2018-10-11 / Community

City supports yacht club petition to USACE to address harbor navigation issues

By Ben Muir


The seawall was built by the city this spring. 
Photo by Ben Muir The seawall was built by the city this spring. Photo by Ben Muir CASEVILLE - Higher water begets larger waves, and fewer boats choosing Caseville as its harbor, though a recent petition is looking to change that.

A yacht club in Caseville got the support of the city council Monday to address navigation issues at the mouth of the Pigeon River. Prevailing westerly winds have become more prevalent since waters have risen in recent years, making the waves drive farther up the river. Those waves crash into docked boats with more force, causing damage and safety issues, said Jamie Learman, City of Caseville Clerk.

“If that wind blows just the wrong way,” Learman said, “which it does a lot out of the west, it shoots right up the river and all those boats – they all get rocked.”

Learman said the Huron Yacht Club has started a process to petition the U.S. Army Corps of Engineers (USACE) to review the issue in Caseville and to possibly construct a second break water to stop the waves from driving up the river.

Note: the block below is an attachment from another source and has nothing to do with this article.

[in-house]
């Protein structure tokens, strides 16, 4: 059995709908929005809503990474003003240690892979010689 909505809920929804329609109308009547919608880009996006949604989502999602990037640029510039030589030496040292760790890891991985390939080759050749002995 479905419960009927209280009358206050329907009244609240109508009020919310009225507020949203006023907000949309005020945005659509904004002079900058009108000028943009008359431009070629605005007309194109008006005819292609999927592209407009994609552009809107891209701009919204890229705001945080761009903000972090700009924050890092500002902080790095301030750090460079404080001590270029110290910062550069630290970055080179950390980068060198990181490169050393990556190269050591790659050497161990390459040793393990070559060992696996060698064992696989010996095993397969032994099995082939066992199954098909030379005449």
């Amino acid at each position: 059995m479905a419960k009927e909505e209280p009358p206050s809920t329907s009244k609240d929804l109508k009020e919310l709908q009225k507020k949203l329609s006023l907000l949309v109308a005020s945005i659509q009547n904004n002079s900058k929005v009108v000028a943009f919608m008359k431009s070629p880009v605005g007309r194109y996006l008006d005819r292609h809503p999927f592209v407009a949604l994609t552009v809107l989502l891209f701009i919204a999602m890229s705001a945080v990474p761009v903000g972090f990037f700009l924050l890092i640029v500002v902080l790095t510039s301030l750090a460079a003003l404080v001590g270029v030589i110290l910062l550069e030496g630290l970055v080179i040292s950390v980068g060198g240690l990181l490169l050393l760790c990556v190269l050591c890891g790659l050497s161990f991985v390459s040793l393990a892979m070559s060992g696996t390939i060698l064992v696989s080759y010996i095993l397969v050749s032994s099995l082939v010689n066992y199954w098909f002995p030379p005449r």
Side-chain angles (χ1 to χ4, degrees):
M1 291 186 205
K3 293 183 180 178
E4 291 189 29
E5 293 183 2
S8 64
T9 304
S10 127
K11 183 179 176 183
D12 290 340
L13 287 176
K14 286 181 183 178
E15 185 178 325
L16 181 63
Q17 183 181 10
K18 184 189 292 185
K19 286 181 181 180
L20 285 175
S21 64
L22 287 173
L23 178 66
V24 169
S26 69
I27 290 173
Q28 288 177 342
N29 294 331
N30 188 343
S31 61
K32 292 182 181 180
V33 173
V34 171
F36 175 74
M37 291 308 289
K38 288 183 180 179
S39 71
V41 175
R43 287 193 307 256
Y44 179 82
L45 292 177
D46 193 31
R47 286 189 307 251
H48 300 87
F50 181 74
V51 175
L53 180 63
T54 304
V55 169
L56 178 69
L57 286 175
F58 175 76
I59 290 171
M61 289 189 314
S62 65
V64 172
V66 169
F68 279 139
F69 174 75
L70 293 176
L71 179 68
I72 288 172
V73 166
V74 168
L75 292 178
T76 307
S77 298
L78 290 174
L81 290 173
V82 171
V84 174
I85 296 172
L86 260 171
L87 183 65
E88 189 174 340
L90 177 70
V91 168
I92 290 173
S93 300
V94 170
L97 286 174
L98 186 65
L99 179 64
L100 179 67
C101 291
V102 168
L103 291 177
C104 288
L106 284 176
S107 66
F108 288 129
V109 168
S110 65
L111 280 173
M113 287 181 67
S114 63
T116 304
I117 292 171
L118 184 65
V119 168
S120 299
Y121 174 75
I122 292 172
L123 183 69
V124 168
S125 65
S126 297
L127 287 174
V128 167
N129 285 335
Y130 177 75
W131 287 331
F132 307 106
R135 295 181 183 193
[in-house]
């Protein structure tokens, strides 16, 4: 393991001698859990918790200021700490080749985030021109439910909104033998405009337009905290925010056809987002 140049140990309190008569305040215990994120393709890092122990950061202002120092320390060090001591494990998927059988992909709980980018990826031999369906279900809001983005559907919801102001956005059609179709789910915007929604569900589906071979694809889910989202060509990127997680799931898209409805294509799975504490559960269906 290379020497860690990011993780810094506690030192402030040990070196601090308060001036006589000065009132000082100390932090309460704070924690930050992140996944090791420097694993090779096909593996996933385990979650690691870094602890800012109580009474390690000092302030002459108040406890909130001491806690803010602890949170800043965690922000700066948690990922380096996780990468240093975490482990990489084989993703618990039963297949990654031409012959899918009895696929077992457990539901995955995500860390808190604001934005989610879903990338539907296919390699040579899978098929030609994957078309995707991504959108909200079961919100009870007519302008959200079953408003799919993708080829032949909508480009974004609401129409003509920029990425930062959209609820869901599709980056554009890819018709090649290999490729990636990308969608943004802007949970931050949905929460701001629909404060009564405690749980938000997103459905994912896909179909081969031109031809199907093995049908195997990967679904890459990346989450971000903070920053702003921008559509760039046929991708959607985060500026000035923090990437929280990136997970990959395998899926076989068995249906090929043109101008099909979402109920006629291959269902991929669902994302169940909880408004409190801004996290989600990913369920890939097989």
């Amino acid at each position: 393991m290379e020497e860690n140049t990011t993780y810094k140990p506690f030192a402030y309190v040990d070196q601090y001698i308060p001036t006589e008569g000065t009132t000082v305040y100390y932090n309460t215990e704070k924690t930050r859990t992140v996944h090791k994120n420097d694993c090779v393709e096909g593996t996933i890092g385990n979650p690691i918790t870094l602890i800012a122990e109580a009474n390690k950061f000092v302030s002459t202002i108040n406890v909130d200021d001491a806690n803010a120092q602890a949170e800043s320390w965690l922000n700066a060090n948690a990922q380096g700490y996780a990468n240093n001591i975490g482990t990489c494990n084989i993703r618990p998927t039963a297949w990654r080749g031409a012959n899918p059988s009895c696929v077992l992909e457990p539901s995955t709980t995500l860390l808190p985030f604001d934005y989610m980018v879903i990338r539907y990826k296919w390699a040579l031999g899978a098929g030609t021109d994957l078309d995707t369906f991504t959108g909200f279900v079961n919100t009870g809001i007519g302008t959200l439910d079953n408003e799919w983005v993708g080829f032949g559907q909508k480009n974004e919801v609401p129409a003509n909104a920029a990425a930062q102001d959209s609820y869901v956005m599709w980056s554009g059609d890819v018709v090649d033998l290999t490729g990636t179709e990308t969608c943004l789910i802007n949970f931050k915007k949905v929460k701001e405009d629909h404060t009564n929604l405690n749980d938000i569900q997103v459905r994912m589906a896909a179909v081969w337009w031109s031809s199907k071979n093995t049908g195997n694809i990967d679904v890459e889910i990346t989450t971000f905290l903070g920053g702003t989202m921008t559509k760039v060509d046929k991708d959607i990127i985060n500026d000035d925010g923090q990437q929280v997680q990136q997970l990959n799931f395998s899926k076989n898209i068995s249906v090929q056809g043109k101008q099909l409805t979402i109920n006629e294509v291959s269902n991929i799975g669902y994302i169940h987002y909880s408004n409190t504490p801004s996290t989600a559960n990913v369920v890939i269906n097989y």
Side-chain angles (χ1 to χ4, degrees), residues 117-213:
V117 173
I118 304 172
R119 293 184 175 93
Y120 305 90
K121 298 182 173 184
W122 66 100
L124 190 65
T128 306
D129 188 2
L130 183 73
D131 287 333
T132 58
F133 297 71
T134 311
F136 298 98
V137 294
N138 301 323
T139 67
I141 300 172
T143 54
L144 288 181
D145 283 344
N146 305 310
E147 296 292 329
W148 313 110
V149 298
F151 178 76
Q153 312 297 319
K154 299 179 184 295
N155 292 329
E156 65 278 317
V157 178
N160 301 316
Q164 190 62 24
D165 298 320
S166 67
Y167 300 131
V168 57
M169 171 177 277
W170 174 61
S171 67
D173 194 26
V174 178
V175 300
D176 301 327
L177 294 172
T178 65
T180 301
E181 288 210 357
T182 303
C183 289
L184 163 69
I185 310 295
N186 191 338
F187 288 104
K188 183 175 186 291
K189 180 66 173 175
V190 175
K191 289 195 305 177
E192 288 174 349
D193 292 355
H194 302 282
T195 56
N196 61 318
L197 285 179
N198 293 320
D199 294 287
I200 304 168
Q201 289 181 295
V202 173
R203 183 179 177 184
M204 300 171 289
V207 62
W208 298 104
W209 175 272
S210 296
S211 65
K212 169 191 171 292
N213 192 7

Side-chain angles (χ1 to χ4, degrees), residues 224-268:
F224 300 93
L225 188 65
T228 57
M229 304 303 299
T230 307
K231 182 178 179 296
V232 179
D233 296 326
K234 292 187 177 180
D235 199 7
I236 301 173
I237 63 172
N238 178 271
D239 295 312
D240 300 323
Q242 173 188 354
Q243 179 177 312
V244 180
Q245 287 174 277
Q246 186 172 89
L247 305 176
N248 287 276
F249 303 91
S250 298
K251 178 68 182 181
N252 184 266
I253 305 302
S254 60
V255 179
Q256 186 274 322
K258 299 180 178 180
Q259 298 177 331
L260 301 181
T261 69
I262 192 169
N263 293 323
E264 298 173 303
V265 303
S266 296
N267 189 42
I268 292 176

The mouth of the Pigeon River in Caseville in May. 
Courtesy Photo The mouth of the Pigeon River in Caseville in May. Courtesy Photo In the spring, the city built a handicap-accessible entrance at the base of the existing break water, which included the removal of a sloped shore with rocks that would absorb waves and dissipate them as they crashed in. The project installed added a seawall that runs across from the docked boats.

“Someone thought the seawall would cause issues with reflecting waves,” Learman said, versus what the rocks did. But, the problem existed before we put that seawall in this Spring. I was down here one day before we started that project and videoed the boats here, and they were just rocking.”

Rob Covers, a member of the yacht club, said the addition of the seawall is a factor, but above all the driving contributor is the rise in water levels.

“The harbor is not protected well enough,” Covers said. “It’s only protected from one direction. It’s been like this for years.”

Covers said that in rough conditions the boats will bump into each other, causing fiberglass and hull damage. There’s also a danger in getting in and out of a boat when the waves are prevalent, as well as unsureness with sailing back into the harbor in rough weather.

“We’ve lost several members,” Covers said, “also we’ve had members that stay on but are simply not putting their boats in.”

On Monday, the council approved a resolution to send a letter to the corps of engineers that would outline its support of the club’s petition to have this issue addressed.

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